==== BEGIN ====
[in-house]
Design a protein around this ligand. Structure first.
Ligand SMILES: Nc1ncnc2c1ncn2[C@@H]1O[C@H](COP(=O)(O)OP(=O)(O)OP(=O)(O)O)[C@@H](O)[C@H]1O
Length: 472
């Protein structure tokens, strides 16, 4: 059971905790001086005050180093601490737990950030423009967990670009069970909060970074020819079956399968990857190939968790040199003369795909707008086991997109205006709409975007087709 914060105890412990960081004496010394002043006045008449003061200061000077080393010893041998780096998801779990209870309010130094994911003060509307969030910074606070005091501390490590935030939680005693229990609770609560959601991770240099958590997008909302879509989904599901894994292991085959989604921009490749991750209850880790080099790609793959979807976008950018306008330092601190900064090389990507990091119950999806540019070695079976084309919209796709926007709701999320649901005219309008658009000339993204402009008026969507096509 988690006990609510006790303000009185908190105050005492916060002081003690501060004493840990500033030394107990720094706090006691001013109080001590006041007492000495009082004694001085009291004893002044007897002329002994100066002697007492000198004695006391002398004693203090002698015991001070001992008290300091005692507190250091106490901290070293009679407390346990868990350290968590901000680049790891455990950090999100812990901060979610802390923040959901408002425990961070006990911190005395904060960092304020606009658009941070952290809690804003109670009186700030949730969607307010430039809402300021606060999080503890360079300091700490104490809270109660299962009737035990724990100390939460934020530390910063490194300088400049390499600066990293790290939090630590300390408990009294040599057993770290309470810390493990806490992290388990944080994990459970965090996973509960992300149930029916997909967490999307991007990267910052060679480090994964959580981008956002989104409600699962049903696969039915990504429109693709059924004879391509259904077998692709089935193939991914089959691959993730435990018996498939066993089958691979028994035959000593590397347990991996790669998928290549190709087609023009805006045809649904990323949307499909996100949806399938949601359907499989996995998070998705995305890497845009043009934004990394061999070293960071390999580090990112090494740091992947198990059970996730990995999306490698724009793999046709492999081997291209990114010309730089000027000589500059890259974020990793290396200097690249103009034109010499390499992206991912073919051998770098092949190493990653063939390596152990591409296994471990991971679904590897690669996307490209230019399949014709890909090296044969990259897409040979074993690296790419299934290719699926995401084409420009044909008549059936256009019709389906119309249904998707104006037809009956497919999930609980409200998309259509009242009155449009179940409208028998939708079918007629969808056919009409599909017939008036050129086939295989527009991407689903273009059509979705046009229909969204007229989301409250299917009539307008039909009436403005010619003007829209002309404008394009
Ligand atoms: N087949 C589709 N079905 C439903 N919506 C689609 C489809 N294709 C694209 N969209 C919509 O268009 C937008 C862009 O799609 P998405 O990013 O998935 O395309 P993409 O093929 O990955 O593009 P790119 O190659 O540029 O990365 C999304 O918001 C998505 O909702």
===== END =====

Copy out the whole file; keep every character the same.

[in-house]
Design a protein around this ligand. Structure first.
Ligand SMILES: Nc1ncnc2c1ncn2[C@@H]1O[C@H](COP(=O)(O)OP(=O)(O)OP(=O)(O)O)[C@@H](O)[C@H]1O
Length: 472
């Protein structure tokens, strides 16, 4: 059971905790001086005050180093601490737990950030423009967990670009069970909060970074020819079956399968990857190939968790040199003369795909707008086991997109205006709409975007087709 914060105890412990960081004496010394002043006045008449003061200061000077080393010893041998780096998801779990209870309010130094994911003060509307969030910074606070005091501390490590935030939680005693229990609770609560959601991770240099958590997008909302879509989904599901894994292991085959989604921009490749991750209850880790080099790609793959979807976008950018306008330092601190900064090389990507990091119950999806540019070695079976084309919209796709926007709701999320649901005219309008658009000339993204402009008026969507096509 988690006990609510006790303000009185908190105050005492916060002081003690501060004493840990500033030394107990720094706090006691001013109080001590006041007492000495009082004694001085009291004893002044007897002329002994100066002697007492000198004695006391002398004693203090002698015991001070001992008290300091005692507190250091106490901290070293009679407390346990868990350290968590901000680049790891455990950090999100812990901060979610802390923040959901408002425990961070006990911190005395904060960092304020606009658009941070952290809690804003109670009186700030949730969607307010430039809402300021606060999080503890360079300091700490104490809270109660299962009737035990724990100390939460934020530390910063490194300088400049390499600066990293790290939090630590300390408990009294040599057993770290309470810390493990806490992290388990944080994990459970965090996973509960992300149930029916997909967490999307991007990267910052060679480090994964959580981008956002989104409600699962049903696969039915990504429109693709059924004879391509259904077998692709089935193939991914089959691959993730435990018996498939066993089958691979028994035959000593590397347990991996790669998928290549190709087609023009805006045809649904990323949307499909996100949806399938949601359907499989996995998070998705995305890497845009043009934004990394061999070293960071390999580090990112090494740091992947198990059970996730990995999306490698724009793999046709492999081997291209990114010309730089000027000589500059890259974020990793290396200097690249103009034109010499390499992206991912073919051998770098092949190493990653063939390596152990591409296994471990991971679904590897690669996307490209230019399949014709890909090296044969990259897409040979074993690296790419299934290719699926995401084409420009044909008549059936256009019709389906119309249904998707104006037809009956497919999930609980409200998309259509009242009155449009179940409208028998939708079918007629969808056919009409599909017939008036050129086939295989527009991407689903273009059509979705046009229909969204007229989301409250299917009539307008039909009436403005010619003007829209002309404008394009
Ligand atoms: N087949 C589709 N079905 C439903 N919506 C689609 C489809 N294709 C694209 N969209 C919509 O268009 C937008 C862009 O799609 P998405 O990013 O998935 O395309 P993409 O093929 O990955 O593009 P790119 O190659 O540029 O990365 C999304 O918001 C998505 O909702």